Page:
Acne, an embarrassing skin problem characterized by whiteheads, blackheads, pimples, pustules and boils, affects between 40 million to 50 million Americans, according to the American Academy of Dermatology. While acne is a highly treatable disorder, the Acne Resource Center reports that only 11 percent of sufferers seek treatment. Although further clinical analysis is needed to confirm its efficacy, eucalyptus oil may prove beneficial in the battle to banish blemishes.
Indigenous to the Australian states of Tasmania, New South Wales and Victoria, eucalyptus trees, commonly called gum trees, grow to heights exceeding 300 feet. The spreading evergreen produces creamy white bark, large cream-colored flowers, green leaves and woody fruit. Rich in volatile oils that are used medicinally, the eucalyptus tree thrives in moist valleys of upland areas.
Australian Aborigines used eucalyptus oil therapeutically for generations. In fact, according to the book "Nature's Medicine" by Steven Foster, they were most likely the first people to recognize the healing properties of the tree's oil. In their herbal medicine tradition, Aborigines used the oil to heal wounds and fungal infections. The therapeutic value of eucalyptus oil spread to China, India and Western herbal and conventional medicine in the 19th century where it is still used today to treat headaches, coughs and colds.
Andrew Chevallier, medical herbalist and author of the book "Herbal Medicine," states that extensive clinical research into eucalyptus oil has shown it to possess potent antiseptic properties helpful in healing skin issues such as acne. When applied topically in diluted form to the skin, the oil helps dry up blemishes and pus-filled pimples. Eucalyptus oil also contains antibacterial qualities that help prevent acne outbreaks. According to Dr. C. Norman Shealy, author of the book "Healing Remedies," when outbreaks occur, the oil helps alleviate inflammation and reduces pain associated with acne boils.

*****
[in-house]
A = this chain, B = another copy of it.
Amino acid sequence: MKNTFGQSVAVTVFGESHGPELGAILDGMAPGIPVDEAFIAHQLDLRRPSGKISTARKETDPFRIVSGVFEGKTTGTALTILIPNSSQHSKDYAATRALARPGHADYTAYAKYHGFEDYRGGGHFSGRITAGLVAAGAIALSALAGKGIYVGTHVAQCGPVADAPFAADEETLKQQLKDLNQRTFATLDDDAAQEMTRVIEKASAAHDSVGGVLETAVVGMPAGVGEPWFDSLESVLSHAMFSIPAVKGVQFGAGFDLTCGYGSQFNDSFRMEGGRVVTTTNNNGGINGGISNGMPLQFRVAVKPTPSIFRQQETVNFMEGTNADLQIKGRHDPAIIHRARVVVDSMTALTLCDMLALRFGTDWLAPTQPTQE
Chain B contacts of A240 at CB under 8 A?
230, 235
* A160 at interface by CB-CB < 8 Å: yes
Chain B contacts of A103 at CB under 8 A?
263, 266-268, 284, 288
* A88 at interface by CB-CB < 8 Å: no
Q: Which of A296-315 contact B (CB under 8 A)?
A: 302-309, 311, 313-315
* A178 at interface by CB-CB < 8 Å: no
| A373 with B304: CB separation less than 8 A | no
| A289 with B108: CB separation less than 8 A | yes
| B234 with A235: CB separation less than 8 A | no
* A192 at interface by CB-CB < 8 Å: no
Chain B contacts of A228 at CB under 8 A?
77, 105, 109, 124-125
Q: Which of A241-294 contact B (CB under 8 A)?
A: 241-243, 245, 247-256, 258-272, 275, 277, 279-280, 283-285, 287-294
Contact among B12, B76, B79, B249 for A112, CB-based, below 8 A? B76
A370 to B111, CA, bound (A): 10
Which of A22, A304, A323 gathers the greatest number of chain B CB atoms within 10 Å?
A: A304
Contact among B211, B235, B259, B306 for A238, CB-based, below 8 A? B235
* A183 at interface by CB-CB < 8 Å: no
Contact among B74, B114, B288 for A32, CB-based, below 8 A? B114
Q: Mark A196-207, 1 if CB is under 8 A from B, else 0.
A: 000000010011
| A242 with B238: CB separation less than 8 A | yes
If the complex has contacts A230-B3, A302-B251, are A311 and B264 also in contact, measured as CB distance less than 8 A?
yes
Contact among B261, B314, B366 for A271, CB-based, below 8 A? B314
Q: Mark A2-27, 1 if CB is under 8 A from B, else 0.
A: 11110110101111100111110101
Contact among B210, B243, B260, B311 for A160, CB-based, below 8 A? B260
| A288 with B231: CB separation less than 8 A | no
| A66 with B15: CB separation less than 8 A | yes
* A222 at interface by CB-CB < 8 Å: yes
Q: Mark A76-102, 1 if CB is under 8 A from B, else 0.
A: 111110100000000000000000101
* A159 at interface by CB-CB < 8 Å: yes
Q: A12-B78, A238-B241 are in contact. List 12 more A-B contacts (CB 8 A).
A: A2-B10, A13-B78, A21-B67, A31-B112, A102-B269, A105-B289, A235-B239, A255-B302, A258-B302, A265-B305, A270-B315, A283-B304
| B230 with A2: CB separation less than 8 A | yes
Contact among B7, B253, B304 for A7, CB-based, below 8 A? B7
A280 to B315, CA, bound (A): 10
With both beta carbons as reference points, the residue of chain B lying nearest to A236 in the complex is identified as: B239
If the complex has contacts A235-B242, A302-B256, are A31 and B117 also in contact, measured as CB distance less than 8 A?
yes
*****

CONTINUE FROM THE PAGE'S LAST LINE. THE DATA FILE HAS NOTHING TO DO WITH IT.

Banish Acne Blemishes
To treat acne blemishes, blend one drop of eucalyptus oil with three drops of water. Dab a cotton swab into the solution and generously apply it on your pimples, paying special attention to oily areas. Avoid the eye, nose and mouth areas as well as any cracked or open skin.
Dos and Don'ts
According to the University of Maryland Medical Center, topical use of eucalyptus oil is nontoxic. However, because it can trigger asthma attacks, do not use the oil if you have asthma. Pregnant and lactating women should avoid eucalyptus oil. Never apply eucalyptus oil directly to the nostrils, as it is highly poisonous. The University of Michigan Health System strongly warns that internal use of eucalyptus oil has proven fatal. Seek immediate medical help if you accidentally swallow the oil.
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- "Nature's Medicine"; Steven Foster: 2006
- "Herbal Medicine"; Andrew Chevallier; 2000
- "Healing Remedies"; C. Norman Shealy, M.D.; 2002
- University of Michigan Health System: Eucalyptus
- University of Maryland Medical Center: Eucalyptus
Susan DeFeo has been a professional writer since 1997. She served as a community events columnist for New Jersey's "Cape May County Herald" for more than a decade and currently covers the family and pet beat for CBS Philadelphia. Her health, fitness, beauty and travel articles have appeared in various online publications. DeFeo studied visual communications at SUNY Farmingdale.